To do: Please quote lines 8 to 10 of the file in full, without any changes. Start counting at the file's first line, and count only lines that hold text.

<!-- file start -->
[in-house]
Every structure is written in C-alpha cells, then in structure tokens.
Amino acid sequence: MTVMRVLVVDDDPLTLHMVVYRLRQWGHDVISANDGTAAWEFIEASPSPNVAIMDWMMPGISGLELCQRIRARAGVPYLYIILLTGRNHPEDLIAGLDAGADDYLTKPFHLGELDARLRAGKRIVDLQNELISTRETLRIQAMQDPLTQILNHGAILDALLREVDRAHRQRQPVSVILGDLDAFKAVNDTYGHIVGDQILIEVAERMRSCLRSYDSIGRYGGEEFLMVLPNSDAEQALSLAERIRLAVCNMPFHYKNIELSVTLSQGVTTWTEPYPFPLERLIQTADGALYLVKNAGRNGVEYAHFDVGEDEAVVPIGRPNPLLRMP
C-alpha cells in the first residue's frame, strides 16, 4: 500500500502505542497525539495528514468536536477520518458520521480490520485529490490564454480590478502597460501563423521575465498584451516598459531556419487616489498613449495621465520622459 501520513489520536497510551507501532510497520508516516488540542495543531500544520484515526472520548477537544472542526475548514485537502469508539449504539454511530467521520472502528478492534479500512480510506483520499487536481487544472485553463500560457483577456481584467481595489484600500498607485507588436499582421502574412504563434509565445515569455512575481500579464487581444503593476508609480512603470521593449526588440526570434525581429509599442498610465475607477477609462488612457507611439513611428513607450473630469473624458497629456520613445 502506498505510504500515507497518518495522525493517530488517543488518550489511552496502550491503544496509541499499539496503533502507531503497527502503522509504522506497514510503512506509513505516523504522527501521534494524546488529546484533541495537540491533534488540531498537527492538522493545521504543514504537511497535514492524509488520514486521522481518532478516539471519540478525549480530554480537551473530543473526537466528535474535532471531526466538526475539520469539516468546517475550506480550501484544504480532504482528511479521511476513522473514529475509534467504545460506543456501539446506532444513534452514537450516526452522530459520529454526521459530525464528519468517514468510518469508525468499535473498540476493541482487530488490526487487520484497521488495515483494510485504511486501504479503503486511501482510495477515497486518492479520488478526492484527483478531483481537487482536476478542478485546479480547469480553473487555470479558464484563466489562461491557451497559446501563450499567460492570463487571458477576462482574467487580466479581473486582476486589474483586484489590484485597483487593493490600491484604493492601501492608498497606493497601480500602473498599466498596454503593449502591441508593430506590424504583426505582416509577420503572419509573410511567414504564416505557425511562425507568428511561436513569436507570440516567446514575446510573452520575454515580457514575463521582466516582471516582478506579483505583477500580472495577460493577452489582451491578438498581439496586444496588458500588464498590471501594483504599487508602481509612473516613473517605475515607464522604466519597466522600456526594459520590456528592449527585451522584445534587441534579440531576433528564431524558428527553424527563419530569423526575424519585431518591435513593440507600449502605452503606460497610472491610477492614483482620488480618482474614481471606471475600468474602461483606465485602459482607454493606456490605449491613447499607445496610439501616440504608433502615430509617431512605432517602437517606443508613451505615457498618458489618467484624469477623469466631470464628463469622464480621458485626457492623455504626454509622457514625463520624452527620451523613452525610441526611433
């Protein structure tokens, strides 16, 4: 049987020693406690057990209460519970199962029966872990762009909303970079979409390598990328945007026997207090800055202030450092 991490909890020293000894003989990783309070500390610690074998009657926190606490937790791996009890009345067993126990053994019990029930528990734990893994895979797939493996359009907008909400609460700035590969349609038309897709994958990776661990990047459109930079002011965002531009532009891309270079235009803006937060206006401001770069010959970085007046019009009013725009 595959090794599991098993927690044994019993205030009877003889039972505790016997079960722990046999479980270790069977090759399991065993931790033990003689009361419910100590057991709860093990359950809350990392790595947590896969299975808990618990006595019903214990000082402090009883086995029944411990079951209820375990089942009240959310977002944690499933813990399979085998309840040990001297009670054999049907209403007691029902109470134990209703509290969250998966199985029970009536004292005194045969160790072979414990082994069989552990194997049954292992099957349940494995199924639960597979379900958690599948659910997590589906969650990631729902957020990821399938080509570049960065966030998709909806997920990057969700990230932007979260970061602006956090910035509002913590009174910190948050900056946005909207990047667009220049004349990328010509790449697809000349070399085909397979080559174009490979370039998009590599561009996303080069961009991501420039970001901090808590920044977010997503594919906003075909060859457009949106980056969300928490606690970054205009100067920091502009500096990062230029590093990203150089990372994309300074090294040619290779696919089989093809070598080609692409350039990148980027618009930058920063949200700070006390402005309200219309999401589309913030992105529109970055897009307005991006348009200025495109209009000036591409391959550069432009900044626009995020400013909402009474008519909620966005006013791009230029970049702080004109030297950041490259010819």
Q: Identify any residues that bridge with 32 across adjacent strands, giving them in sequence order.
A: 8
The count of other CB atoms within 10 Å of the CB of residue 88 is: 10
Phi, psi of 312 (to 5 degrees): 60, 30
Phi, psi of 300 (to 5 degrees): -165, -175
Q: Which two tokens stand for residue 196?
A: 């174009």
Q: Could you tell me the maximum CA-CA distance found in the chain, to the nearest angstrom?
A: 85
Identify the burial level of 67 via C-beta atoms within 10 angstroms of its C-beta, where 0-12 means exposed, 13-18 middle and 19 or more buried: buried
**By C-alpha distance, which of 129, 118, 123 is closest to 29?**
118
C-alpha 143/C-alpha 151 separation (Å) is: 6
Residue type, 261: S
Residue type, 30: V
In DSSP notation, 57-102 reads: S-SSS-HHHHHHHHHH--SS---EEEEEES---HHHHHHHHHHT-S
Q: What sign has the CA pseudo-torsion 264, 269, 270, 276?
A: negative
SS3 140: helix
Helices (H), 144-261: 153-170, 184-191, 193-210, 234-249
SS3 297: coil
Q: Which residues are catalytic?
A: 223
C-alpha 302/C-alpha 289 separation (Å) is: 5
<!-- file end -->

The count of other CB atoms within 10 Å of the CB of residue 88 is: 10
Phi, psi of 312 (to 5 degrees): 60, 30
Phi, psi of 300 (to 5 degrees): -165, -175